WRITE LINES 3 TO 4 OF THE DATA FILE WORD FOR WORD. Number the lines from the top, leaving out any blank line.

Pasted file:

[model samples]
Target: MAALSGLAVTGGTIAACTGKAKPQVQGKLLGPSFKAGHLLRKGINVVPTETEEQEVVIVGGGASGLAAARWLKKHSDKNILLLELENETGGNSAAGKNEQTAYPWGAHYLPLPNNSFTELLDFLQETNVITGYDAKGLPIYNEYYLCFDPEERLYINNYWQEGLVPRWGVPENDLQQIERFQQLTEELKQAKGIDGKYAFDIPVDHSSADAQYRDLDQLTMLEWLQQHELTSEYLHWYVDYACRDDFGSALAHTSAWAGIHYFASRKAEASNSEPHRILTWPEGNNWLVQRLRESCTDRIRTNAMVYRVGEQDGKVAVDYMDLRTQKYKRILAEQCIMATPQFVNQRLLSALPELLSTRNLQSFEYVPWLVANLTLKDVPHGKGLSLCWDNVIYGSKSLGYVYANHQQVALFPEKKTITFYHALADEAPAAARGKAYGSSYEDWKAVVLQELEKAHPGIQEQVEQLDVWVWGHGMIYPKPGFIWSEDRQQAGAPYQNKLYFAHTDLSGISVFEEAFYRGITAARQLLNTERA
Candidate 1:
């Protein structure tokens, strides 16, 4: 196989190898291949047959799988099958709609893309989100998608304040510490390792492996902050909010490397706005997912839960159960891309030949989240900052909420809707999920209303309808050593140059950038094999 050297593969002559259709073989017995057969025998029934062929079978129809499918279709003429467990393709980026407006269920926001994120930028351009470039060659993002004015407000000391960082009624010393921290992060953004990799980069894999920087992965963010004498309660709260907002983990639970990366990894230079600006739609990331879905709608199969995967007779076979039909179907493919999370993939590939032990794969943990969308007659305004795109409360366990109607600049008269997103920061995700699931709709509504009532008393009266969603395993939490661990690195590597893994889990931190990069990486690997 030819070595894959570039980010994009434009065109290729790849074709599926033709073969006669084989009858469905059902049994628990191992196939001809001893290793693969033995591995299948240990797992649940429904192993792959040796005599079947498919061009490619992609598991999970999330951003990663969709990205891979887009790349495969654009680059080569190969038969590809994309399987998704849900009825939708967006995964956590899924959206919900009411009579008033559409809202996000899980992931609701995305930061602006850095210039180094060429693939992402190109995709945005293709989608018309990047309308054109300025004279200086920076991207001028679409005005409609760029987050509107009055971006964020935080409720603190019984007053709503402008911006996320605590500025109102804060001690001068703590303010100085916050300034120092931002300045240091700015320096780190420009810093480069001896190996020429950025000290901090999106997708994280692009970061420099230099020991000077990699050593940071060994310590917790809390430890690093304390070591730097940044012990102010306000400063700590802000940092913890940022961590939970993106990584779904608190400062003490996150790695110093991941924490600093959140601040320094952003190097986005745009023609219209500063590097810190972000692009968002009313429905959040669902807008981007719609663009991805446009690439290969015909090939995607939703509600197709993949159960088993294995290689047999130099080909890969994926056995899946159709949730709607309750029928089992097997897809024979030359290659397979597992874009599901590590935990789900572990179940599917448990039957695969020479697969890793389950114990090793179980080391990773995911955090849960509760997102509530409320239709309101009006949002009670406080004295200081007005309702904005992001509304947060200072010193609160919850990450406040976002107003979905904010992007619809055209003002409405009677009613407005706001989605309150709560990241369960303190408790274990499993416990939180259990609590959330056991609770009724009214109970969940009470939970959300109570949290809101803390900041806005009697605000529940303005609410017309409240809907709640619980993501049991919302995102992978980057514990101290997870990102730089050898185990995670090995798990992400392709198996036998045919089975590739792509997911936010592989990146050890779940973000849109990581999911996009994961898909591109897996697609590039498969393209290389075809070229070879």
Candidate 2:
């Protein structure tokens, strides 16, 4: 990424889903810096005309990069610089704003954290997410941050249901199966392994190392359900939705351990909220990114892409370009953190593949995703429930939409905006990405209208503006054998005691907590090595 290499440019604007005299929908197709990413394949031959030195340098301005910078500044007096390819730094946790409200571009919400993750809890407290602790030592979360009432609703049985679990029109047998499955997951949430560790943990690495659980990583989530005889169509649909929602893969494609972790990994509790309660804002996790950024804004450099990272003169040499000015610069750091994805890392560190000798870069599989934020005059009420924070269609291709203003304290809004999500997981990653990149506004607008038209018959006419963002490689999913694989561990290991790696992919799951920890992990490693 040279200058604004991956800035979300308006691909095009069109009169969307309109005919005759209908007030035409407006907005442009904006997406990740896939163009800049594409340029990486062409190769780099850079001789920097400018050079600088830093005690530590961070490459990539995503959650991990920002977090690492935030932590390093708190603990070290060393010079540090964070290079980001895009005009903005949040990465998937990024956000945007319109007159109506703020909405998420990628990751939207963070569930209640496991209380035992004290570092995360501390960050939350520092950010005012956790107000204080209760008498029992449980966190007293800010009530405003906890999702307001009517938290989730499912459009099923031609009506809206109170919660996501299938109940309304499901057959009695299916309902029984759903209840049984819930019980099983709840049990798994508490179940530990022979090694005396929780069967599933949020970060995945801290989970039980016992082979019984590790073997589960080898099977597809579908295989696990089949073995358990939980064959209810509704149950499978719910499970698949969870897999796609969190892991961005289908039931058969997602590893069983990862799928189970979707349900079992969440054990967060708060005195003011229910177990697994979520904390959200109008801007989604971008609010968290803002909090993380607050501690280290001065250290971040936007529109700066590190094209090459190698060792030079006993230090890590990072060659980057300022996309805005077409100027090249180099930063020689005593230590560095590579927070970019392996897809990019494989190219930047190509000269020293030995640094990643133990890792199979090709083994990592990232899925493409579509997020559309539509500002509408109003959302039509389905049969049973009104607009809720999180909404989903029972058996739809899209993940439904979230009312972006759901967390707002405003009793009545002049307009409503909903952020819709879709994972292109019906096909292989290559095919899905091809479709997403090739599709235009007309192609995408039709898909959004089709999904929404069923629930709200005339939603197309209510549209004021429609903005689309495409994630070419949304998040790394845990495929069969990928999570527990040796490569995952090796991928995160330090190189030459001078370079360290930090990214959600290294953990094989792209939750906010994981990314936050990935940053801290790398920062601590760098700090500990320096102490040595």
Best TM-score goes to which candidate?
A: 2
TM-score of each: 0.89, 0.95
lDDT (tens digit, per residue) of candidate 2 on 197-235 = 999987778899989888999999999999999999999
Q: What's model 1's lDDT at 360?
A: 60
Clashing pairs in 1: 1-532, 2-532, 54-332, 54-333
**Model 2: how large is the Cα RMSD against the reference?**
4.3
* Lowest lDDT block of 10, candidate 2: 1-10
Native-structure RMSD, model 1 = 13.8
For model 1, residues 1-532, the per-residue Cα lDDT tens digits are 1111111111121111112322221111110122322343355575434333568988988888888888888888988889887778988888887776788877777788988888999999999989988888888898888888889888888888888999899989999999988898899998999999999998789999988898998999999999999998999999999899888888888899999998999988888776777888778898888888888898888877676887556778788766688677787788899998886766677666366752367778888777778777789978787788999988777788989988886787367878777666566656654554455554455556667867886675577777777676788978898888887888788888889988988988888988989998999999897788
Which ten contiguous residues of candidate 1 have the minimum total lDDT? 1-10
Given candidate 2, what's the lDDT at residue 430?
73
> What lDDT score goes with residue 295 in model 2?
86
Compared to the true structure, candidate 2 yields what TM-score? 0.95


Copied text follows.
Candidate 1:
């Protein structure tokens, strides 16, 4: 196989190898291949047959799988099958709609893309989100998608304040510490390792492996902050909010490397706005997912839960159960891309030949989240900052909420809707999920209303309808050593140059950038094999 050297593969002559259709073989017995057969025998029934062929079978129809499918279709003429467990393709980026407006269920926001994120930028351009470039060659993002004015407000000391960082009624010393921290992060953004990799980069894999920087992965963010004498309660709260907002983990639970990366990894230079600006739609990331879905709608199969995967007779076979039909179907493919999370993939590939032990794969943990969308007659305004795109409360366990109607600049008269997103920061995700699931709709509504009532008393009266969603395993939490661990690195590597893994889990931190990069990486690997 030819070595894959570039980010994009434009065109290729790849074709599926033709073969006669084989009858469905059902049994628990191992196939001809001893290793693969033995591995299948240990797992649940429904192993792959040796005599079947498919061009490619992609598991999970999330951003990663969709990205891979887009790349495969654009680059080569190969038969590809994309399987998704849900009825939708967006995964956590899924959206919900009411009579008033559409809202996000899980992931609701995305930061602006850095210039180094060429693939992402190109995709945005293709989608018309990047309308054109300025004279200086920076991207001028679409005005409609760029987050509107009055971006964020935080409720603190019984007053709503402008911006996320605590500025109102804060001690001068703590303010100085916050300034120092931002300045240091700015320096780190420009810093480069001896190996020429950025000290901090999106997708994280692009970061420099230099020991000077990699050593940071060994310590917790809390430890690093304390070591730097940044012990102010306000400063700590802000940092913890940022961590939970993106990584779904608190400062003490996150790695110093991941924490600093959140601040320094952003190097986005745009023609219209500063590097810190972000692009968002009313429905959040669902807008981007719609663009991805446009690439290969015909090939995607939703509600197709993949159960088993294995290689047999130099080909890969994926056995899946159709949730709607309750029928089992097997897809024979030359290659397979597992874009599901590590935990789900572990179940599917448990039957695969020479697969890793389950114990090793179980080391990773995911955090849960509760997102509530409320239709309101009006949002009670406080004295200081007005309702904005992001509304947060200072010193609160919850990450406040976002107003979905904010992007619809055209003002409405009677009613407005706001989605309150709560990241369960303190408790274990499993416990939180259990609590959330056991609770009724009214109970969940009470939970959300109570949290809101803390900041806005009697605000529940303005609410017309409240809907709640619980993501049991919302995102992978980057514990101290997870990102730089050898185990995670090995798990992400392709198996036998045919089975590739792509997911936010592989990146050890779940973000849109990581999911996009994961898909591109897996697609590039498969393209290389075809070229070879």